Written by: Jonathan Aibel, Glenn Berger, Maya Forbes, Rob Letterman & Wallace Wolodarsky, based on a story by Letterman and Conrad Vernon
Directed by: Rob Letterman & Conrad Vernon
Starring: Reese Witherspoon, Seth Rogen, Hugh Laurie, Will Arnett, Kiefer Sutherland, Stephen Colbert, Rainn Wilson
My Advice: Matinee it.
It’s Susan’s (Witherspoon) wedding day. Everything’s perfect. Mostly. And then out of a clear blue sky, a freak accident (no offense) happens and Susan finds herself suddenly huge. In fact, 50 foot tall? Mmmmmm could be. This, unfortunately, puts her in the jurisdiction of General W.R. Monger (Sutherland), whose mission is to lock all monsters away from the public eye. However, when a bigass robot lands on Earth looking for something and tearing up the landscape, Monger convinces The President (Colbert) that the only hope of stopping the invader is Monger’s group of monsters. In addition to Susan, there’s the amphibian The Missing Link (Arnett), the half-man half-roach all-mad-scientist Dr. Cockroach (Laurie), and B.O.B. (Rogen), a talking blob. Oh, and the even more giant kaiju Insectosaurus.
[fusion_builder_container hundred_percent=”yes” overflow=”visible”][fusion_builder_row][fusion_builder_column type=”1_1″ background_position=”left top” background_color=”” border_size=”” border_color=”” border_style=”solid” spacing=”yes” background_image=”” background_repeat=”no-repeat” padding=”” margin_top=”0px” margin_bottom=”0px” class=”” id=”” animation_type=”” animation_speed=”0.3″ animation_direction=”left” hide_on_mobile=”no” center_content=”no” min_height=”none”][ad#longpost]While it’s not a Pixar film–and was never intended to be one (and I mean that in style rather than in the obvious way)–it’s not the simplistic green ogre either. So DreamWorks has managed to take the sort of geek conversational fodder that is probably happening somewhere nightly in the world–“What if we got a bunch of B-Movie monsters and had them fight aliens?”–and make that into a film. And it would be easy to do this with the full-on linear go-there-and-come-back mentality of a Shrek, but instead they saw fit to give us more. The film is family friendly, in that there’s enough there to satisfy both kids and adults–and not an overdose of fart humor. It’s also just fun–I highly recommend seeing it in a cinema with kids so you can see just how much they’re into it. At our showing, they were having a blast.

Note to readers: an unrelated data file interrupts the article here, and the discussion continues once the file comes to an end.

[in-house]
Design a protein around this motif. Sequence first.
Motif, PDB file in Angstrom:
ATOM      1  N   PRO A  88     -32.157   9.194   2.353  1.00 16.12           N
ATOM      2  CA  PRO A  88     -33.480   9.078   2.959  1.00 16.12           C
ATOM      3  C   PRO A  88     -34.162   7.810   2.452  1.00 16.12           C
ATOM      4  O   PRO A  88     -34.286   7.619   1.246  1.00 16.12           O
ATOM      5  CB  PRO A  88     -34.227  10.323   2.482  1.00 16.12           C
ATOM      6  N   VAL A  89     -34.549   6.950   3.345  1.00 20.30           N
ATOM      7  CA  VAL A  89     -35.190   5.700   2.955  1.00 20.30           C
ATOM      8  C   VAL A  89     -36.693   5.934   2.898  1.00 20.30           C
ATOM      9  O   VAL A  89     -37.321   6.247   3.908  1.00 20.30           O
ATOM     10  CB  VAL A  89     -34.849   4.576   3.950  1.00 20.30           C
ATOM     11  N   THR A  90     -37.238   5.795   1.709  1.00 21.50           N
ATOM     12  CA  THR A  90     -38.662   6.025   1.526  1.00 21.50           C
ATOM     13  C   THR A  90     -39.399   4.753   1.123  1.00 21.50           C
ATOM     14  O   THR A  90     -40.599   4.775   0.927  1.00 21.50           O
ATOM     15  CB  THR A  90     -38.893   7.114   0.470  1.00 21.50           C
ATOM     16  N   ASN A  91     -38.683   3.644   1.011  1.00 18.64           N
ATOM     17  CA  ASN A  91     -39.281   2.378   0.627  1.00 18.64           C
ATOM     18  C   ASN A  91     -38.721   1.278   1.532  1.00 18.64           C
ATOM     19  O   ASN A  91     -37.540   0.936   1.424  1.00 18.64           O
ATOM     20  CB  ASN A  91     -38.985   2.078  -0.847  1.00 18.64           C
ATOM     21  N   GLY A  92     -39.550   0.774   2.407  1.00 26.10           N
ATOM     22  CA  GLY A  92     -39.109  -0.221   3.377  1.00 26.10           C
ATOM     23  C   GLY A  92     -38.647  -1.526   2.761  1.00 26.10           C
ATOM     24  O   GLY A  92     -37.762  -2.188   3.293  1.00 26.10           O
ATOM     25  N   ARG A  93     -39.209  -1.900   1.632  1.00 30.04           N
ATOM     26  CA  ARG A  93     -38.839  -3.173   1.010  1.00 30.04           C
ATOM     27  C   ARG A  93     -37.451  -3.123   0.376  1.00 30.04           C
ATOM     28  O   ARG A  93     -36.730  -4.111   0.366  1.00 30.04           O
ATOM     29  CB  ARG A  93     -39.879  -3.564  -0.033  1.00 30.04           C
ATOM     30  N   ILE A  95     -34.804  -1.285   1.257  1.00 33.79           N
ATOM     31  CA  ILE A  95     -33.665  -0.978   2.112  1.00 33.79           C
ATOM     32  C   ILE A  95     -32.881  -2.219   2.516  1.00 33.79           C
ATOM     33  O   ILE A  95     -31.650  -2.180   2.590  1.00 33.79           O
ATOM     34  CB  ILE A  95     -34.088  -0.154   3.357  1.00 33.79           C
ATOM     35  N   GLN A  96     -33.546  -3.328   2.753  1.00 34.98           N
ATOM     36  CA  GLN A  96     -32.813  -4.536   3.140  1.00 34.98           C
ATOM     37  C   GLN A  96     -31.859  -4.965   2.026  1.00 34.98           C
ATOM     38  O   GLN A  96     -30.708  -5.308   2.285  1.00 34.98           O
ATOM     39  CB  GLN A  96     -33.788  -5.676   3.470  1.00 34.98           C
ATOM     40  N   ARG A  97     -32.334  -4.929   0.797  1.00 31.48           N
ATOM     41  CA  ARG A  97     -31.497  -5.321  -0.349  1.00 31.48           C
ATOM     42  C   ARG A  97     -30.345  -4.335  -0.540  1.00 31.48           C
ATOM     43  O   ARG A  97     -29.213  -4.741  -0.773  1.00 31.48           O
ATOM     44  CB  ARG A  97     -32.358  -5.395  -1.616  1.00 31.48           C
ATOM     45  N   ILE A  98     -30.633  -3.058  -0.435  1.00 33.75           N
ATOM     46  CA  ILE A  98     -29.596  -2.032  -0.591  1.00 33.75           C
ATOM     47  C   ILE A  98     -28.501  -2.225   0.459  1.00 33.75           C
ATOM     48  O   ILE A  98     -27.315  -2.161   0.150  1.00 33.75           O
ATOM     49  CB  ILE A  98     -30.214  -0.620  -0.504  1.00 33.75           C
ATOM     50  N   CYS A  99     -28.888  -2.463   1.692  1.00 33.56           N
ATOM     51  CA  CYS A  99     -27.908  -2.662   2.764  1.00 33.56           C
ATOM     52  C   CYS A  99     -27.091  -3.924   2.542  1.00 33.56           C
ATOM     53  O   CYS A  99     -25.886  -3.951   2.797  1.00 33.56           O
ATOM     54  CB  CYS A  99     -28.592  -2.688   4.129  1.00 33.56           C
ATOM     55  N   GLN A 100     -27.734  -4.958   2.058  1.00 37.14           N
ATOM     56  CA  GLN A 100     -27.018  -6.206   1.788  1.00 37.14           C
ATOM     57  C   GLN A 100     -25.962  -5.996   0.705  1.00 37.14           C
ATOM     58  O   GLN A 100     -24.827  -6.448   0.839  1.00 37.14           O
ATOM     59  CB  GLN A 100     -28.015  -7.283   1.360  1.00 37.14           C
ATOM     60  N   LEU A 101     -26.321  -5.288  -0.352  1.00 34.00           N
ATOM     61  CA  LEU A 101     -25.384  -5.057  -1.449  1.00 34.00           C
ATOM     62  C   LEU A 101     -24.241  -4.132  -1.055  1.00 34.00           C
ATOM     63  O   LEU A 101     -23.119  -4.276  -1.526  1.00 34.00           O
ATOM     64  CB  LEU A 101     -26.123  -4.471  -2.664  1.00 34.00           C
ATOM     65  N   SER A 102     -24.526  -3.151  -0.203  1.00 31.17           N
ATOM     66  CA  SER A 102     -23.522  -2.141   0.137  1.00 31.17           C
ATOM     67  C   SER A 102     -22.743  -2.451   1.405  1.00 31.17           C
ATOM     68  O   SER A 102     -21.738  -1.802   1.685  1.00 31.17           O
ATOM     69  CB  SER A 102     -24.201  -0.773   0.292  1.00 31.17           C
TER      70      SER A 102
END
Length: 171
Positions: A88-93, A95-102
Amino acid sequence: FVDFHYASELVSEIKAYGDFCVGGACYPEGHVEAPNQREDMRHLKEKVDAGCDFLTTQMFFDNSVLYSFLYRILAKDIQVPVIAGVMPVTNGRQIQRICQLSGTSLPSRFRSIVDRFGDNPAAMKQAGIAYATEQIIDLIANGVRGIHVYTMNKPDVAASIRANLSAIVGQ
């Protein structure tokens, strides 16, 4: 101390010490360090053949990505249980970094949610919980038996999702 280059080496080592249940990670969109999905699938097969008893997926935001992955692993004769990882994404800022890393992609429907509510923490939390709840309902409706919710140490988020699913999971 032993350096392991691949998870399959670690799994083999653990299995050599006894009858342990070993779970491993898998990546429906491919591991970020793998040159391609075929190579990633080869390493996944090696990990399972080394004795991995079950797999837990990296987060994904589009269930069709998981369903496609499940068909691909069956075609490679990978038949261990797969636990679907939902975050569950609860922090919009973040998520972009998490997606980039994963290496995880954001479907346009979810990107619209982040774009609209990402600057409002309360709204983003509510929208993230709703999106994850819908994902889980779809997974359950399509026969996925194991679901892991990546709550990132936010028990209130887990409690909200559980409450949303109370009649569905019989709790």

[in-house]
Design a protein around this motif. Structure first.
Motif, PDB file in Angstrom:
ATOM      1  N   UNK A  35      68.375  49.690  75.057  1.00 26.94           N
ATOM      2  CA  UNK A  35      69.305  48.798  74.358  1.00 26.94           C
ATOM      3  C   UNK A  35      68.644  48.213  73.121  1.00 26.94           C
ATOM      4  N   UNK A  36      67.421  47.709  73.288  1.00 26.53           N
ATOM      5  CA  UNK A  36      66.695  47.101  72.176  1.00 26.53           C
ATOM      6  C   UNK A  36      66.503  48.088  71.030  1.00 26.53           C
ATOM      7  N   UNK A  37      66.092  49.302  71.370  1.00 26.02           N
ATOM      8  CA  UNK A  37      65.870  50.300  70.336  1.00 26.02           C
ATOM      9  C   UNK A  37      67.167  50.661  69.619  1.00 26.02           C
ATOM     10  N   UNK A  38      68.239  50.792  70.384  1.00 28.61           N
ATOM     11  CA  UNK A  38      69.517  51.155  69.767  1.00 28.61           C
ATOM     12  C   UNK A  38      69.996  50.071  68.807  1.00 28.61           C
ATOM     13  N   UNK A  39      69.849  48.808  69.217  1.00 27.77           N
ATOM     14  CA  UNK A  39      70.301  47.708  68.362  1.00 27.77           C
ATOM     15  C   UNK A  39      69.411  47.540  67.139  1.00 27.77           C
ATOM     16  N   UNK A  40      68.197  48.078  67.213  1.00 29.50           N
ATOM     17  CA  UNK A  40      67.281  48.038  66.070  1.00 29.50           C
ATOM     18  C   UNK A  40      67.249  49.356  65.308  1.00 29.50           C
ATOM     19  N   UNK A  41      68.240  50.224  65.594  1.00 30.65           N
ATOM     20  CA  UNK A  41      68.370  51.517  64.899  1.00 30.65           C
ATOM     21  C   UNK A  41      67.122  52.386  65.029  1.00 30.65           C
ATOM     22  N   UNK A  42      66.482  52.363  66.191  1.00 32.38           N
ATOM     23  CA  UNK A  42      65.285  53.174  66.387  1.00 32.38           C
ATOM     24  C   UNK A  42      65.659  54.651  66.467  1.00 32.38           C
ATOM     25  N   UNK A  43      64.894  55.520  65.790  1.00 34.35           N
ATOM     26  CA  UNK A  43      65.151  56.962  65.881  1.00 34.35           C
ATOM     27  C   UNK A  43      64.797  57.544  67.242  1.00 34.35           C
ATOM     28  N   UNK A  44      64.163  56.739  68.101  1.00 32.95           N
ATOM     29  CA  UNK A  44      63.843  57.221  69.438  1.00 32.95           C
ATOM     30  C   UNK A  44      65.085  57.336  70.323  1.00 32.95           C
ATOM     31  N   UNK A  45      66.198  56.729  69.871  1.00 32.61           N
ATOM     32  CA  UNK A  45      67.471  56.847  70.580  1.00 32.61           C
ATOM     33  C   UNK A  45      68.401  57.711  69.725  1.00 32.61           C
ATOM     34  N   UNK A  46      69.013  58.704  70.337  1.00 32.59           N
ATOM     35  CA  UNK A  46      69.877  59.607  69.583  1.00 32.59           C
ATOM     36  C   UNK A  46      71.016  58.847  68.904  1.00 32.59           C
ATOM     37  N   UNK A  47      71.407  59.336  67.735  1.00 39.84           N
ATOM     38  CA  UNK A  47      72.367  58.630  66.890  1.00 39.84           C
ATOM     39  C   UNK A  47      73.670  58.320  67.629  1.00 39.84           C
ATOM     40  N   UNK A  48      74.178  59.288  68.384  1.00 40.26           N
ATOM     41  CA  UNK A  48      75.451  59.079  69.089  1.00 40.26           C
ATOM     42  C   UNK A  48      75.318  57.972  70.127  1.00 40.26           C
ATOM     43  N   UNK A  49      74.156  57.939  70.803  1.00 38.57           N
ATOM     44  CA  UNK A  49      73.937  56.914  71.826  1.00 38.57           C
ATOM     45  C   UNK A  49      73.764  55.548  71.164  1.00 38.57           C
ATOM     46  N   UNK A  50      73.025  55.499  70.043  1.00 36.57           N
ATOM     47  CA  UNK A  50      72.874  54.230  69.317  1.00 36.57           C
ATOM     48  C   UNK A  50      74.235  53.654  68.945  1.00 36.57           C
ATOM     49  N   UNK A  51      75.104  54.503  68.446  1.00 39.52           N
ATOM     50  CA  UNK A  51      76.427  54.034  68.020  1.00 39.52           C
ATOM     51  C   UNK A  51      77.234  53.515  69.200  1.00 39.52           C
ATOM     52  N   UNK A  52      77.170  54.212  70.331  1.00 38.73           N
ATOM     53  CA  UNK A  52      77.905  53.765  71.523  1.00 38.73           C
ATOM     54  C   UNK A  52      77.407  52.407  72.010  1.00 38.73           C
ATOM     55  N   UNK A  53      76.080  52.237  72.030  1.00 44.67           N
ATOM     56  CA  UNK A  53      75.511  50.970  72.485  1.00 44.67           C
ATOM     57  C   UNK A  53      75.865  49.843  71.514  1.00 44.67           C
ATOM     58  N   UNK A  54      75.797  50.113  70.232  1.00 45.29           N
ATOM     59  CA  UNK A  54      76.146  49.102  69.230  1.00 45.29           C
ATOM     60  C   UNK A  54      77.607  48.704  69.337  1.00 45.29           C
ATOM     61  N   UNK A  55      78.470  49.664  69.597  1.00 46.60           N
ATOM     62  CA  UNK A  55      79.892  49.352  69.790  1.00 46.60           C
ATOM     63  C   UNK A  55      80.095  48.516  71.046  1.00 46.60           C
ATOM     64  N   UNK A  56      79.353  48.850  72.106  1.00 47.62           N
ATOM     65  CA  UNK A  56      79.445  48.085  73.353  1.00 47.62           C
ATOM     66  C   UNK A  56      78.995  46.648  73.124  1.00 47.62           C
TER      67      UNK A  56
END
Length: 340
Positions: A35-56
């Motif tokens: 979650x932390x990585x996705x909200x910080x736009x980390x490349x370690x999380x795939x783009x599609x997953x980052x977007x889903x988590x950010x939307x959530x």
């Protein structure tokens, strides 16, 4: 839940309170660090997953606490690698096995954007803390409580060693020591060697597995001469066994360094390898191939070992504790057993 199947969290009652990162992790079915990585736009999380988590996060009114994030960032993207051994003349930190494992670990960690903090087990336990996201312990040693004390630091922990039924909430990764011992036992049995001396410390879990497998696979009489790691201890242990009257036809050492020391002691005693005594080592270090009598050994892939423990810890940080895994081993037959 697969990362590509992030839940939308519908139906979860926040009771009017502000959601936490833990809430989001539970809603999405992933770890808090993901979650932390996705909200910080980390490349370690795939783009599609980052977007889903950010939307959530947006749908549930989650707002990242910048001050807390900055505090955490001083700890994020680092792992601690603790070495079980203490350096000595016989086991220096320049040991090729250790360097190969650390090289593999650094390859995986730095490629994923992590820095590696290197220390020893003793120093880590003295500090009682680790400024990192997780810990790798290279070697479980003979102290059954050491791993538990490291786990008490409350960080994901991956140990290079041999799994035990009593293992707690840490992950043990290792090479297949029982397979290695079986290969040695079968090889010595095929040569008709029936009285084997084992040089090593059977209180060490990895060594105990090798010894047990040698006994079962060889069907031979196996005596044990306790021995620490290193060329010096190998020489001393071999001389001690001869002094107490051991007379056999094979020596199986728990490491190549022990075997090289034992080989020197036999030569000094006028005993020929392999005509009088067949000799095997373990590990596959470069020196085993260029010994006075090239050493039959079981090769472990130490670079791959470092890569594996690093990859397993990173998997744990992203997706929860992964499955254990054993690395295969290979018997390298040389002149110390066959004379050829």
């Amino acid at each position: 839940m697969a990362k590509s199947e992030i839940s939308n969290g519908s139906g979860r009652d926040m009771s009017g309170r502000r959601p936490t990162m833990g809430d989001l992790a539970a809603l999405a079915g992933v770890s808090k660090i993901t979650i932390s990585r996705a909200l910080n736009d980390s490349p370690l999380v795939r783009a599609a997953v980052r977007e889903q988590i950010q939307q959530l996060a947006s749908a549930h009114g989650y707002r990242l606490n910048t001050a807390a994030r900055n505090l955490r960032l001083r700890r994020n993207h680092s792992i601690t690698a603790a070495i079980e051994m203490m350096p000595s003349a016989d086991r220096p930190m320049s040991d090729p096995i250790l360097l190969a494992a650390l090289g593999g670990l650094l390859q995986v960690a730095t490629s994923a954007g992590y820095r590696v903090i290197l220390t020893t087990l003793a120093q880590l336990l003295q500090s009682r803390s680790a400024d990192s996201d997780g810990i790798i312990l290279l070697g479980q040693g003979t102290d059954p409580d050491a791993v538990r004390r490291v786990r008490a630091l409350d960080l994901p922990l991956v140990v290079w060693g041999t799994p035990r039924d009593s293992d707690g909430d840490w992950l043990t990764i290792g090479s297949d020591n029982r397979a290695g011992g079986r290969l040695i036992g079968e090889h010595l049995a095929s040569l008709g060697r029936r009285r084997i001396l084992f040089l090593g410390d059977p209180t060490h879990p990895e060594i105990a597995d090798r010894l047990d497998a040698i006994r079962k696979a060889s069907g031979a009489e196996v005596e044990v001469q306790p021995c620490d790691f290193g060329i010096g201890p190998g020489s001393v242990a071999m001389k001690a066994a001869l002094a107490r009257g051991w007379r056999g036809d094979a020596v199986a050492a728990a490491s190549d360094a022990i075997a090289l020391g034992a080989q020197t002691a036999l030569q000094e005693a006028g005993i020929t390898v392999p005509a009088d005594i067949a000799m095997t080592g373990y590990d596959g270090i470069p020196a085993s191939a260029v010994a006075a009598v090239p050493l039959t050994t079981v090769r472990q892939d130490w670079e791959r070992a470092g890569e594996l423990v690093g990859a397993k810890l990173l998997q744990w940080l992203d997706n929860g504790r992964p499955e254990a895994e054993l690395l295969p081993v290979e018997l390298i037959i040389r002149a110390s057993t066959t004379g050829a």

The voices are all excellent, with the stand-out probably being Rogen’s BOB, whose pick-up line scene at a pool party is fantastic. Also of scary note is Monger–because he sounds bloody well nothing like Kiefer Sutherland. And kudos must be given for casting Stephen Colbert as The President. The story, the villain, the heroes–it’s honestly like “My First Doom Patrol.” And if you didn’t know what goofiness was in store (and indeed, Susan’s introduction to the military base is surprisingly dark), then a Harold Faltermeyer joke will put you in your place very quickly. Don’t worry that the kids will get lost with it, because there was a video game joke later that put me in my age-place sure enough.
Certainly the story has a heart and it’s actually more than in the right place–it thankfully won’t annoy the crap out of you. And it’s no message that hasn’t been told before and no doubt better, but I was having too much to care.
Also of note is the fact that the film was in digital 3-D, which was fantastic. I don’t know how people can complain that it’s a distraction and unnecessary. Not to sound like a bitchy neophile or anything, but didn’t they say the same thing about the talkies? As with Bolt, it added depth and wasn’t a lot of “ooh, I’m throwing things at the audience’s faces” every five seconds. So I was fine with it.
If you are looking for a diversionary flick you can take the kids to and everybody comes out having had a good time, this is perfect. And if you haven’t spawned yet, then you’ll probably enjoy it even more.